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Posted 03 April 2012 - 06:05 PM

Agreed
My eldest has been advised A+ plus and she is so laid back with earning £9 hour (including tips).My kids really don't have a clue...I blame Grandma :)
Laptops,phones,Wii,Kindle all supplied plus lifts to any venue and the full use of my Ebay account.Love em all lets hope they get preggies soon and bugger off. B)


Looking for volunteers? :lol:

#26 Paulus

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Posted 05 April 2012 - 06:59 PM

Back to my original question, does anyone know why (y?) or whether there is any significance in the two different York mint marks for William III - Y and y?

#27 Cerbera100

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Posted 21 April 2012 - 06:47 AM

Back to my original question, does anyone know why (y?) or whether there is any significance in the two different York mint marks for William III - Y and y?


lol! An on-topic post, and the thread dies!

Umm... supposition - perhaps the Y is the the branch mint master, and the y is his helper?!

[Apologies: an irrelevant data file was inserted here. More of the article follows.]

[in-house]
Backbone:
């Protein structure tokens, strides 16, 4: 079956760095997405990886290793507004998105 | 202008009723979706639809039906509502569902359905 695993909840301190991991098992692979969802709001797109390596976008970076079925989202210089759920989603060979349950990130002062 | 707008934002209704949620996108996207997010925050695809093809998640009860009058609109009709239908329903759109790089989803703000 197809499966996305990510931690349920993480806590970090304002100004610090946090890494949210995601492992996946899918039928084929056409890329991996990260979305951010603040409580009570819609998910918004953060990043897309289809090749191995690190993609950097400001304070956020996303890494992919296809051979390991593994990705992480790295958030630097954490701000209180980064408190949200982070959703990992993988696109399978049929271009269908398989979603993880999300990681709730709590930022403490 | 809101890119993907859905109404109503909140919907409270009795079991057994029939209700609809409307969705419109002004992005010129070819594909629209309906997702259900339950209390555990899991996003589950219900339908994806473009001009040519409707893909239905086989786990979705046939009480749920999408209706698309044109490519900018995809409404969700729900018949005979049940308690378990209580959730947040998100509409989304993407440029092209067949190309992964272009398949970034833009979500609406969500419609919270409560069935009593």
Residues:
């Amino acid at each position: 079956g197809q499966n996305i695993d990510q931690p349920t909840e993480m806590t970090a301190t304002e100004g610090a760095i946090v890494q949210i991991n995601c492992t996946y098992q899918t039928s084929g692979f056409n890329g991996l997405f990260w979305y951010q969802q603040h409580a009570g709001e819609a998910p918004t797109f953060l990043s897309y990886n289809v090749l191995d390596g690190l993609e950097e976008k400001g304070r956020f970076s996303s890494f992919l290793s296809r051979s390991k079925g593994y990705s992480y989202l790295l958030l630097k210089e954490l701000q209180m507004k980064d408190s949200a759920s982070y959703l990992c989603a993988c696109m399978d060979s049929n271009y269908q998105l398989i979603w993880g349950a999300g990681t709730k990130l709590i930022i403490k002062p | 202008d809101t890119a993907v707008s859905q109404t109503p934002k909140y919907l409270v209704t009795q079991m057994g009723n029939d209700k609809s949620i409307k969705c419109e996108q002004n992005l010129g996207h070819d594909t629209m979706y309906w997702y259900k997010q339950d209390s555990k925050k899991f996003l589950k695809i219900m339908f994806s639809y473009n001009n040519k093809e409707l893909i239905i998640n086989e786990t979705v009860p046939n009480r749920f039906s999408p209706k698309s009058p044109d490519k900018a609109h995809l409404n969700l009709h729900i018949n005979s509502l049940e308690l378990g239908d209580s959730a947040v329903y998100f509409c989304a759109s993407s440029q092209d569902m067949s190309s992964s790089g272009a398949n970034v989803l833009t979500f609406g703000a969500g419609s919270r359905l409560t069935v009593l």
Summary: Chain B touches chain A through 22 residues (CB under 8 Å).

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#28 Peckris

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Posted 21 April 2012 - 10:19 PM


Back to my original question, does anyone know why (y?) or whether there is any significance in the two different York mint marks for William III - Y and y?


lol! An on-topic post, and the thread dies!

Umm... supposition - perhaps the Y is the the branch mint master, and the y is his helper?!



Ok ok. Stay calm. You don't want to hurt anyone, really you don't. Not even this thread. Put the gun down, ok? That's right ... ni-i-i-i-i-i-ce and slow ...

Let's hope that bl00dy United don't actually win the League yet again. Is that off topic enough?

#29 scott

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Posted 22 April 2012 - 01:00 AM

anyone winnign the league is better then sh... ahem city winning it

y the question about Y's

#30 Rob

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Posted 22 April 2012 - 02:06 PM

I'm not sure why there are upper and lower case Ys and I'm not convinced about . The dies appear to have been cut in London and shipped out to wherever they were needed, hence the unusual overcut mint ids such as Y over E or E over N for example. Nobody really thinks the dies travelled the length of the country when there were closer mints that could have supplied a die in an emergency. The overcut marks were probably to solve the problem of no useable dies at the various locations.

Mr. P. You are a practical man. It's imperative that city come second as this is clearly using the right tool for the job. You cannot change decades old habits at the drop of a hat. They need to come second to reassure themselves that they are still up to the task. :)